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As Sri Lanka Still Bars Press from Camps, UN Denies Receiving Elders’ Letter

[Inner City Press, Friday, 4 December 2009 16:11 No Comment]

With the Sri Lankan government still blocking the press from its camps for people it internally displaced, the Elders organization founded by Nelson Mandela last week wrote to UN Secretary General Ban Ki-moon, his top humanitarian John Holmes and top development official Helen Clark, urging the UN to do more.

On November 30, days after the Elders announced their letter, Inner City Press asked then outgoing UN spokesperson Michele Montas for the UN’s response to the Elders’ letter. Ms. Montas said the UN hadn’t received any such letter.

Ironically, on the evening of November 30, Sri Lanka’s Ambassador to the UN Palitha Kohona told Inner City Press, on the record, that he had received the letter, of which he said he "questions the timeliness." He spoke to Inner City Press about opposition candidate Sarath Fonseka, but said his comments were off the record.

  Later in the week, a senior UN official from Mr. Ban’s 38th floor approached Inner City Press to say that the letter had been received. But when Inner City Press on December 3 asked acting spokesperson Marie Okabe to finally respond to the call in the Elders’ letter, Ms. Okabe repeated the statement that her Office was not aware of any such letter.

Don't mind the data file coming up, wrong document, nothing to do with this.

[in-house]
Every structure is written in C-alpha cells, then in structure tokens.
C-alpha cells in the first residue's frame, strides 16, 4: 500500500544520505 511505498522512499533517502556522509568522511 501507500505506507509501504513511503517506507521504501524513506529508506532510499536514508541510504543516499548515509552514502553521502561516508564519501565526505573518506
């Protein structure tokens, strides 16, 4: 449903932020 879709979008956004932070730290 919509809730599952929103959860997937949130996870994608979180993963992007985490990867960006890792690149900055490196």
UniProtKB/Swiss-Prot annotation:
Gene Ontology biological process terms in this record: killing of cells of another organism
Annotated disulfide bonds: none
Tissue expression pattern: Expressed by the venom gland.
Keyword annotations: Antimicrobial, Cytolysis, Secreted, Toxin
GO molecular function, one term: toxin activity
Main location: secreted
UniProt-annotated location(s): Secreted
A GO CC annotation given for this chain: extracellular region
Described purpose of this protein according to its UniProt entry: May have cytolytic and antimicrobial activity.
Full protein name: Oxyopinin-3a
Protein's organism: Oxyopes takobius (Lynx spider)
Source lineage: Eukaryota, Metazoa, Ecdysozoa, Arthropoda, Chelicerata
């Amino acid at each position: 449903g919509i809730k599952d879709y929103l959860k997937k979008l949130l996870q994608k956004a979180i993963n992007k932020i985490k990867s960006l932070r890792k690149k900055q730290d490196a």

UN's Ban and Elders: urging on Sri Lanka not shown The Elders’ now week old announcement states that they "are particularly concerned that the UNHCR, the International Committee of the Red Cross and national and international NGOs have had too limited a role in monitoring the movement of people, and have not had access to all the areas where people have been returned. Equally worrying are reports that some of those released have been placed in new, closed camps in their district of origin by local authorities."

Despite quotes from UN officials this week about how pleased they are with the government’s announcement that IDPs will be released or at least allowed to temporarily leave the camps — most see this as tied to the January election, and not any vindication of the UN’s decidedly "quiet" diplomacy approach — major wire services report ongoing problems

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